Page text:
What’s Next: Jerry DiPoto Facing Tough Task


Five days ago, the Arizona Diamondbacks decided to blow up the management of the team. Manager A.J. Hinch was relieved of his duties, as was GM Josh Byrnes, despite Byrnes having a whopping five years left on his contract with the team.

In their stead, D-backs President Derrick Hall turned to a pair of former players in Kirk Gibson, the 1988 NL MVP, who will take over as field manager on an interim basis, and Jerry DiPoto, a former pitcher of eight major league seasons, who will hold the title of interim general manager.

At the time of the firings, the team was 31-48 and 15.5 games out of first place. Clearly, this was a team going nowhere. In that regard, the firings, especially that of Hinch, should comes as little surprise. But Byrnes was already in the process of marketing a few of his players for trade as the trade deadline approaches, and the remaking of a team is a job usually suited for a full-time GM.

Byrnes, it was assumed, was about to engineer a fire-sale. Reports were rampant that anyone not named Justin Upton was likely available for the right price. The prize of the D-backs was going to be RHP Dan Haren, but certainly Byrnes was prepared to also make shortstop Stephen Drew, third baseman Mark Reynolds, and even centerfielder Chris Young available as well.

Now the job has been handed over to DiPoto, at least temporarily, and he will use the remainder of the season as an audition. Call it a dress rehearsal, and you can bet that not only will the Diamondbacks be paying close attention to how DiPoto handles this situation, but the remaining 29 teams will be watching as well. (more after the jump)

We knew, or at least we think we knew, what Byrnes was planning. We have very little idea if DiPoto shares the same vision. We have already seen DiPoto designate Dontrelle Willis for assignment, bringing Willis in to Arizona was one of the final moves Byrnes made as GM. How many more moves will DiPoto be willing to make, how hard will he push to trade a player, or keep a player, when he has no guarantee that he will be around next season to see the fruits of his labor? That’s the question on the minds of opposing GMs as they formulate a plan to engage the new guy in trade talks.

It’s not as if DiPoto was brought in off the streets for this job, however. Di Poto has been the vice president of player personnel with Arizona for better than three years. This past off-season, DiPoto was a candidate for more than one GM job around the league, so he is highly regarded, and he does know his players.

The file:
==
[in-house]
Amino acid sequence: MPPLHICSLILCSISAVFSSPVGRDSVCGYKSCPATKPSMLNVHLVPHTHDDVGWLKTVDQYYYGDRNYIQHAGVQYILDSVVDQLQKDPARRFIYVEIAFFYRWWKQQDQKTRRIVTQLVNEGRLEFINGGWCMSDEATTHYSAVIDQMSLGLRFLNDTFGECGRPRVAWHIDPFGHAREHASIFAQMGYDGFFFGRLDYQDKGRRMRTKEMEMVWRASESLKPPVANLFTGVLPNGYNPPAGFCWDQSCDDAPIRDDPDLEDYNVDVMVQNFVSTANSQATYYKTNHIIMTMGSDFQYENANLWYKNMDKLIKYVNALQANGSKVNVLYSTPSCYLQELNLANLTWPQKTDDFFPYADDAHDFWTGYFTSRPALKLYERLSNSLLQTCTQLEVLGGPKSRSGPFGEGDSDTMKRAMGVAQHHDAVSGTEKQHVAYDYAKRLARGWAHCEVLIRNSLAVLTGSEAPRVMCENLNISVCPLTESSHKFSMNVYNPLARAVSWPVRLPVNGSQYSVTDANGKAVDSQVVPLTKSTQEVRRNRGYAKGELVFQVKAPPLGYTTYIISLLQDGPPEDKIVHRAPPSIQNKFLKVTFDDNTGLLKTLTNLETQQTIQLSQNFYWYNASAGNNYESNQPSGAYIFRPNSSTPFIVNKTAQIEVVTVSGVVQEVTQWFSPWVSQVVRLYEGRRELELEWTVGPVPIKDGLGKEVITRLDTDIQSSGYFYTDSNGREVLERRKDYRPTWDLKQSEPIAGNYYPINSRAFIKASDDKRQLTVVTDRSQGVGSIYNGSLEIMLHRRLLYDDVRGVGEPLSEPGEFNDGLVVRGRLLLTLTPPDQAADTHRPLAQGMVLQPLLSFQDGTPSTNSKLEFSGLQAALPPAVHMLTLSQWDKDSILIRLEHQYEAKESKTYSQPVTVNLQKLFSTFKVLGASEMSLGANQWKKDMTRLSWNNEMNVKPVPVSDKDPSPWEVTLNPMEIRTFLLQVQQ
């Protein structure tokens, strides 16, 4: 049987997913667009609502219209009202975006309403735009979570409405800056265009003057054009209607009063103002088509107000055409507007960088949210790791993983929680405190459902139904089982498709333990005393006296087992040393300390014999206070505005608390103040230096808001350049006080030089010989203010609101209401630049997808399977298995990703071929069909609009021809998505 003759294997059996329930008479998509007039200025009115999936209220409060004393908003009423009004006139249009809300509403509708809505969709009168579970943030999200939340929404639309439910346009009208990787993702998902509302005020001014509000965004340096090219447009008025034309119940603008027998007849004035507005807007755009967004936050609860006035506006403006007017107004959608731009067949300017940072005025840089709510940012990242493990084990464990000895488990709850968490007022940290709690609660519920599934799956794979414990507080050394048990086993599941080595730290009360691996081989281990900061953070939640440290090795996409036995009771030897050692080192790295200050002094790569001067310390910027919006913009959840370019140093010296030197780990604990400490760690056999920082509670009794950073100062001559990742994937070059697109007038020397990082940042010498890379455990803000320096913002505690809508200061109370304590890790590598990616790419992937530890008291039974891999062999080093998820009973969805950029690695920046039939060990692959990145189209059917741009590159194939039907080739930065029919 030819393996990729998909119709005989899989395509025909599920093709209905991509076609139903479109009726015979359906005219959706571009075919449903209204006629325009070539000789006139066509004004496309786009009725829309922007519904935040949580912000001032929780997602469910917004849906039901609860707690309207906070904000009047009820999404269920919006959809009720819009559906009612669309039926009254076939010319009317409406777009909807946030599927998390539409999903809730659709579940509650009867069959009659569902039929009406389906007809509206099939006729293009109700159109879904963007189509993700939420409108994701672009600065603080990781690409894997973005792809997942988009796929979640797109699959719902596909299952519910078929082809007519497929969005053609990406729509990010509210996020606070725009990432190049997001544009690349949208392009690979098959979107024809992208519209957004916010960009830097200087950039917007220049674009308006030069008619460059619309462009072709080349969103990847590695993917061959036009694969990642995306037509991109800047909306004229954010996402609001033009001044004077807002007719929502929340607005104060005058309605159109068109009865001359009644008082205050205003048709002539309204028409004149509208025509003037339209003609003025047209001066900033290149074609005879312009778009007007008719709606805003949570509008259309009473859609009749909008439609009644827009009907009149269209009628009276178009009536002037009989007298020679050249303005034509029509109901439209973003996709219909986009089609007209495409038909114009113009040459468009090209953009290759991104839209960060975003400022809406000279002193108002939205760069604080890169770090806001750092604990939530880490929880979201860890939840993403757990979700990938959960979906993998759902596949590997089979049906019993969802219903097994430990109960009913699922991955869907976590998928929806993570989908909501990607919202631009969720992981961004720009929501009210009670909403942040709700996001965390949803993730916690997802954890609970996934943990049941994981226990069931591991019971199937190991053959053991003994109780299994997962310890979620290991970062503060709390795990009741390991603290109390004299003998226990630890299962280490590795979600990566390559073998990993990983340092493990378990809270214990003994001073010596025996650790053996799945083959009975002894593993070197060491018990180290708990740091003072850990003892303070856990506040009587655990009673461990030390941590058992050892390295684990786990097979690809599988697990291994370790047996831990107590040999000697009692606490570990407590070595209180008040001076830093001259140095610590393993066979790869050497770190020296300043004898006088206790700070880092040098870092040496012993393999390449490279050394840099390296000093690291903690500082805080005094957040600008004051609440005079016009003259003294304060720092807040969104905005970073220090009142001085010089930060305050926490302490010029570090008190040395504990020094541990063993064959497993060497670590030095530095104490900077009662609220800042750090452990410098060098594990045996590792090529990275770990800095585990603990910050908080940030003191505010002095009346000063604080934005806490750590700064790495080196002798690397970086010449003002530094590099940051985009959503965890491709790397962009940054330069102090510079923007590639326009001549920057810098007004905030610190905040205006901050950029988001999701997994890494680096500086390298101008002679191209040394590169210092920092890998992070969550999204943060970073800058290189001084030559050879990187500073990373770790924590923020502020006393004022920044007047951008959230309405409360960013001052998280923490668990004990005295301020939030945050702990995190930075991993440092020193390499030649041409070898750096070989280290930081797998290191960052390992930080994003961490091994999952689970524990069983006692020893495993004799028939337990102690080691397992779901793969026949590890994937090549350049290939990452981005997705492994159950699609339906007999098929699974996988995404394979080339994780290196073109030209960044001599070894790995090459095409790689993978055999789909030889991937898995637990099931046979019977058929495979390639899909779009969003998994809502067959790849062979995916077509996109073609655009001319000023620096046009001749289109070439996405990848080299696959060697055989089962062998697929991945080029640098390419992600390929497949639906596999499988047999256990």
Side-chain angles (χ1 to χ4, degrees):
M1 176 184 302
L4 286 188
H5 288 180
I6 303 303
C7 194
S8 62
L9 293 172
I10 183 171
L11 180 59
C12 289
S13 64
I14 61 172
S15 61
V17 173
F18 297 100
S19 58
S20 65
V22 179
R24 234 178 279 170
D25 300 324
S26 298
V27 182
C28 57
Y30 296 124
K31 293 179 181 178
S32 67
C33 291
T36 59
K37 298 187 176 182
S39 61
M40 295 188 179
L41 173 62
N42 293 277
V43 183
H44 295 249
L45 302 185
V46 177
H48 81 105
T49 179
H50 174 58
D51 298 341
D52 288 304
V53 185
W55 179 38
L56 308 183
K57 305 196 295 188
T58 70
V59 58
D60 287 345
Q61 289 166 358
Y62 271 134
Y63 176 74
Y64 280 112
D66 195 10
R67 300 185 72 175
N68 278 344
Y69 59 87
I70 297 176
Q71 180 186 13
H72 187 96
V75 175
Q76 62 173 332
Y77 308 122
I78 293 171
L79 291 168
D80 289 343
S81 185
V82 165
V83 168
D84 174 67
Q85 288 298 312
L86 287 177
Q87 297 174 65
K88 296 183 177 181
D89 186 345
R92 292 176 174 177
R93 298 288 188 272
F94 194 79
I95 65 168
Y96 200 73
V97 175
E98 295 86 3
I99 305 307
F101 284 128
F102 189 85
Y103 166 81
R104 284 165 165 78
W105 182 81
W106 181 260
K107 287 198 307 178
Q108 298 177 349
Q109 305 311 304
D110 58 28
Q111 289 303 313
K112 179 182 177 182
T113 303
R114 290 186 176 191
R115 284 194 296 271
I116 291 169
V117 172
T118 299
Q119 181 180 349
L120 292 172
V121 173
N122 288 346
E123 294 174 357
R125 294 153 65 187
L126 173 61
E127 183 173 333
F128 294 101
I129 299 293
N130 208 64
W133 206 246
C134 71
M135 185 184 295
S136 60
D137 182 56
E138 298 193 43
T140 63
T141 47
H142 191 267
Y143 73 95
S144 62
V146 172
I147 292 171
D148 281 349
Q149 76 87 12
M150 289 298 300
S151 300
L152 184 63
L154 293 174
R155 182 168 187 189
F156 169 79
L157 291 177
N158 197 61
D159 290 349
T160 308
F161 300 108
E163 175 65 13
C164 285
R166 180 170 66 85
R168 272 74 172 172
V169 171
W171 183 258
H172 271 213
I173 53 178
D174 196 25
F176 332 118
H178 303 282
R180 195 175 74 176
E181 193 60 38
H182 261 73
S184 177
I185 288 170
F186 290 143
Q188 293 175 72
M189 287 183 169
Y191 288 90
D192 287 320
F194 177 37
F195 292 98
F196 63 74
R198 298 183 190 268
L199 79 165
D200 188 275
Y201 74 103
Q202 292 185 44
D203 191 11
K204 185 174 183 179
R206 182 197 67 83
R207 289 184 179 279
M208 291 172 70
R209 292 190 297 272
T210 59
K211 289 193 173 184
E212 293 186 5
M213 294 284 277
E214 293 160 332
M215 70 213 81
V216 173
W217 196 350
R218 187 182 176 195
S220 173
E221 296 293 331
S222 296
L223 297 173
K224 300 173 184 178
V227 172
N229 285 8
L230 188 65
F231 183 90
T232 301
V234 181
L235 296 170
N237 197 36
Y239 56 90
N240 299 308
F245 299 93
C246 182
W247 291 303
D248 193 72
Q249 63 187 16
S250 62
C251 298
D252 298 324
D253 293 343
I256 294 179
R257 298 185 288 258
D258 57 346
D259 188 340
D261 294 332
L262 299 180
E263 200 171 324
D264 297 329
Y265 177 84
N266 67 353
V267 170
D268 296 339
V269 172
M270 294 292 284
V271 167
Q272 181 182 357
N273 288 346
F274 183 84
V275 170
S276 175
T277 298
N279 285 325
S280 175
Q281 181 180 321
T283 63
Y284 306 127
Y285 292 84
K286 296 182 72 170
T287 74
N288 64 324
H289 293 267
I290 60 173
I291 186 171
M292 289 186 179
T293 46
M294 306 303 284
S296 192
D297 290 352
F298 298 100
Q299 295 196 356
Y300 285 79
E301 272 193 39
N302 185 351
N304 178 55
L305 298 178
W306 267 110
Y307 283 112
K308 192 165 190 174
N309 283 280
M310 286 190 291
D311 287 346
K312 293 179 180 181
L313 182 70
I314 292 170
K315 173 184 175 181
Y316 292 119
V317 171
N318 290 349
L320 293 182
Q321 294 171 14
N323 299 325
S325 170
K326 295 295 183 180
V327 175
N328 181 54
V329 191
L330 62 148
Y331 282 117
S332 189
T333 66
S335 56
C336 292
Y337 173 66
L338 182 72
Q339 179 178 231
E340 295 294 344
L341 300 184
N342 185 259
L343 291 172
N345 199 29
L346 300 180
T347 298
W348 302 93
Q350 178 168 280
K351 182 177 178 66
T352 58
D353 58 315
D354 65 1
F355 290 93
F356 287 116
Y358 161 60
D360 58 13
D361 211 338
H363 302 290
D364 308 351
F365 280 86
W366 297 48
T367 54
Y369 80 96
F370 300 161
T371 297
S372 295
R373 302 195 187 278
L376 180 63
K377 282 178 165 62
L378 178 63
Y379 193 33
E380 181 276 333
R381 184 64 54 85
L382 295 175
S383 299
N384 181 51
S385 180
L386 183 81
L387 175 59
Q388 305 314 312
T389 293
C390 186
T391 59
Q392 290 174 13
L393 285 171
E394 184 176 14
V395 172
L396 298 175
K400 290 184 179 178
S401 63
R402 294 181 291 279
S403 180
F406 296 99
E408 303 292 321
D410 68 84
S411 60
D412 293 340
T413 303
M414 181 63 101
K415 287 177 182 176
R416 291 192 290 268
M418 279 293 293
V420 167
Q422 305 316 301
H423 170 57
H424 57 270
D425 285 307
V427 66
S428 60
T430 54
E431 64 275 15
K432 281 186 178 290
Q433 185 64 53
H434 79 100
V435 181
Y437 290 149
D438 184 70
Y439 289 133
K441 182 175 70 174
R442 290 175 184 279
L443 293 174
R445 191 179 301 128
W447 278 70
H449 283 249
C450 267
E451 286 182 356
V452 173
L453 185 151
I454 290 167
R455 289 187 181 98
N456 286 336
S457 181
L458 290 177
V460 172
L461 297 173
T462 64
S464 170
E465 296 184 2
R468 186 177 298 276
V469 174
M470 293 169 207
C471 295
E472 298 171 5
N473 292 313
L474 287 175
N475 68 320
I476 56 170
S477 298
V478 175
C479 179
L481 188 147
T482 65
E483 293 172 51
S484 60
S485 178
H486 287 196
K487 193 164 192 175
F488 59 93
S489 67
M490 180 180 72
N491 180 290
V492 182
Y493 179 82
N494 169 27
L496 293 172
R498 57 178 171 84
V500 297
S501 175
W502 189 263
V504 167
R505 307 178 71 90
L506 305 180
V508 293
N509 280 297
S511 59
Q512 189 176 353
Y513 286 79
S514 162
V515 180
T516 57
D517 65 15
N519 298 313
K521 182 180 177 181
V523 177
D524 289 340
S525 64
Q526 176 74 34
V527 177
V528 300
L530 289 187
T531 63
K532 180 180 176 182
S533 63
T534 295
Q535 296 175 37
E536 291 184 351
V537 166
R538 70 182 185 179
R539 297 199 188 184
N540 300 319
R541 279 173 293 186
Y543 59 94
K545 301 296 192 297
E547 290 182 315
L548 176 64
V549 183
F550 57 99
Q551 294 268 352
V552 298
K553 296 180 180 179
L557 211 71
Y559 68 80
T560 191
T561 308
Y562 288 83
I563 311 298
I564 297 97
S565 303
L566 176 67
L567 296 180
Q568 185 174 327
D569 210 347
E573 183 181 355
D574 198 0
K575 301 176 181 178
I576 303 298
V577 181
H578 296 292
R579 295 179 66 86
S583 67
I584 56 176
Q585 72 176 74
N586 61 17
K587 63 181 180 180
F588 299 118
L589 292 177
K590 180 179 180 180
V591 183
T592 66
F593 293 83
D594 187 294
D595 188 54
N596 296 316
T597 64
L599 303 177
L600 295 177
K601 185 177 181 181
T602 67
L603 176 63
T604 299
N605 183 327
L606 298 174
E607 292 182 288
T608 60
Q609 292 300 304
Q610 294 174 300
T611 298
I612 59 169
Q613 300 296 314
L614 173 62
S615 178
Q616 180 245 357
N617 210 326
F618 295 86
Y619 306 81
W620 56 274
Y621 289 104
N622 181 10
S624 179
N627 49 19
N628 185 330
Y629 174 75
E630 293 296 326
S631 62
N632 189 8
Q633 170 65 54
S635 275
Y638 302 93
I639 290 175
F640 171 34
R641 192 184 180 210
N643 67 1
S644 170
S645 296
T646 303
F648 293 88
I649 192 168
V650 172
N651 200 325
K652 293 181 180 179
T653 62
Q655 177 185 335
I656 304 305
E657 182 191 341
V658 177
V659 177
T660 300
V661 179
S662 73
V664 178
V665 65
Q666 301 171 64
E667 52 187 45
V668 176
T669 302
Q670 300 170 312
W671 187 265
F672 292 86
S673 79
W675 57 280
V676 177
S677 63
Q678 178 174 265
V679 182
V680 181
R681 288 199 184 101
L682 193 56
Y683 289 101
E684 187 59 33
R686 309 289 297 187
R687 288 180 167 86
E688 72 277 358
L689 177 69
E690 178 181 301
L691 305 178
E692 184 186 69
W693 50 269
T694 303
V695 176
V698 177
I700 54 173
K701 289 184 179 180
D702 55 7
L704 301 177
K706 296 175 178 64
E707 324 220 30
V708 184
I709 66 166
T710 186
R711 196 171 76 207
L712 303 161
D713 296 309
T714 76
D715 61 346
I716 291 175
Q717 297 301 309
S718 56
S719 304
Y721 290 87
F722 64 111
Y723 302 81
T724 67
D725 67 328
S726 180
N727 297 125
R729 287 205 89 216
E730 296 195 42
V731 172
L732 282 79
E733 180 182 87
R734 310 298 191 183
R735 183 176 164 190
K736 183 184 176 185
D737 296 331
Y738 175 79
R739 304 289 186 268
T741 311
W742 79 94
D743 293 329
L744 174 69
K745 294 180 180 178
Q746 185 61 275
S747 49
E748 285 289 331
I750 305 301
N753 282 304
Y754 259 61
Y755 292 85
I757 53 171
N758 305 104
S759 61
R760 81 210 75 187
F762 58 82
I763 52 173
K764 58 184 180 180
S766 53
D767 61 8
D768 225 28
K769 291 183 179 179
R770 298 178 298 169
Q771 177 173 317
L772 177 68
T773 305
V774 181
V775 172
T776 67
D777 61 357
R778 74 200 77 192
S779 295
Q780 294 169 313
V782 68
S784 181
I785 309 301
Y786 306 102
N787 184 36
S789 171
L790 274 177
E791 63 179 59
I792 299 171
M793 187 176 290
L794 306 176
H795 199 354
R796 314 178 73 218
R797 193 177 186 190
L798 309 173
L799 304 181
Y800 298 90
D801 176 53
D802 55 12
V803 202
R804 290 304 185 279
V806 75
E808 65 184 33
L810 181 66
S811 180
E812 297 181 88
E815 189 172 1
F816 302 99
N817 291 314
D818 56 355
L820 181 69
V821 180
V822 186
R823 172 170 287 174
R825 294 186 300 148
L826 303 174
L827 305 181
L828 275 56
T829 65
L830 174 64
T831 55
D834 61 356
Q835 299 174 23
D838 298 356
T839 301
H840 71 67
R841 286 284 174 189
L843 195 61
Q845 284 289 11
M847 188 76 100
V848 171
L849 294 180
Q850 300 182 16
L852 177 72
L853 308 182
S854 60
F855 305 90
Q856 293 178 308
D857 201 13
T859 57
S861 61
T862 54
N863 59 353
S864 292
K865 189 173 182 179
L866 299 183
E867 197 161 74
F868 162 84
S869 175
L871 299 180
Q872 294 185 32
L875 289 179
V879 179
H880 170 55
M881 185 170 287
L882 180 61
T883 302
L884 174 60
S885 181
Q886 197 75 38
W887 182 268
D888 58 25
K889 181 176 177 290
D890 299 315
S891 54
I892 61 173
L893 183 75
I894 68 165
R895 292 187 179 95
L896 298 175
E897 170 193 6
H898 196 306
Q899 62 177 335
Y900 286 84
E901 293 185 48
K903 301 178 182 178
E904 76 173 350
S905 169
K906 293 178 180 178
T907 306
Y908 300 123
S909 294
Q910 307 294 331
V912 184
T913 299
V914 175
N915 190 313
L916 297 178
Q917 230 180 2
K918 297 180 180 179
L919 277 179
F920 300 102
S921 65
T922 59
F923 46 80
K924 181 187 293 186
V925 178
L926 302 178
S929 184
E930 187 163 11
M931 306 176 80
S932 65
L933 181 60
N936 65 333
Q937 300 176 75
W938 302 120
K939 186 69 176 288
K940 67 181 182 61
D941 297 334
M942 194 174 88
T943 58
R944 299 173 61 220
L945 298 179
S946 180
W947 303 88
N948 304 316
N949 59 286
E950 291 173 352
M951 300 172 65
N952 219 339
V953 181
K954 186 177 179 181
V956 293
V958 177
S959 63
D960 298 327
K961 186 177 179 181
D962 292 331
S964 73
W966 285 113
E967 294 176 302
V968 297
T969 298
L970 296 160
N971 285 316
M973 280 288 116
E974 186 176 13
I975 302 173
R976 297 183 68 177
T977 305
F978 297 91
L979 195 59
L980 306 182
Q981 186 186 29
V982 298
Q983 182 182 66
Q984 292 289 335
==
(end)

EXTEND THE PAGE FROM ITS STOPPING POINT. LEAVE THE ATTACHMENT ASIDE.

That knowledge will help him determine who should stay and who should go, the tougher task will be getting quality pieces in return.

There is a market for his players, that much is certain. Drew has been named by Jon Paul Morosi as a target of the Detroit Tigers, who are looking to upgrade the shortstop position. Reynolds and Young, despite their shockingly high strikeout totals, will also draw plenty of interest, as both are in the early stages of their careers, and both have plenty of talent. All three of them have flaws, flaws that are glaring at times, and DiPoto will have to be a sharp salesman to get his club the best possible deal.

I fully expect Drew to be traded. The Tigers obviously have the need and they are said to have interest. Drew fits the long-term needs of the Tigers and Detroit has the minor league talent to give up in return. So long as DiPoto doesn’t set his demands too high, and force Detroit to turn their attention elsewhere, this is a likely match. Reynolds and Young are a bit more difficult in that both players could easily factor into the plans with Arizona going forward. Unless DiPoto is made a strong offer, either or both could wind up staying put.

Apart from a few more minor players, that really just leaves Haren.

Haren is under contract through 2012 and has a team option for 2013, so any team that would trade for him could keep him for several years. While his deal does escalate, even at it’s most expensive point, Haren would still be paid a relatively small amount compared to other top-tier starting pitchers.

Being that the contract is club-friendly, it may behoove DiPoto to hold on to his talented and accomplished right hander. On the other hand, Haren has significantly more value, both due to his past performance and his contract status, than any other player on the D-backs roster, so other clubs will be willing to pay a much higher price to get him.

It comes back to the question of how DiPoto views the opportunity he’s been given.

If he feels he has a good chance to stay on as the GM in Arizona, would he be more willing or less willing to trade away his most valuable commodity? In addition to that, DiPoto, a man with no guarantees on his own future, will be judged by what return he gets if a Haren trade is made.

There is no question that it benefits DiPoto to maximize the return on Haren, regardless of whether or not DiPoto himself remains in the desert next season. If he stays, he gets to oversee the development of the pieces he gets in return, if he leaves, he’ll be more likely to land a full-time GM job when other clubs see what he was able to get for Haren.

Of course, the opposite holds true as well. If DiPoto trades away his best player and the return is not well-received around baseball, he could very well hurt his chances of ever becoming a GM again.

If DiPoto wants to make a splash, to put his stamp on the franchise, he’ll make a trade and jettison Haren. The safer route is to keep him, and attempt to build around the ace. What he decides to do will ultimately shape the Diamondbacks future for the next several years, and will also determine DiPoto’s own professional fate.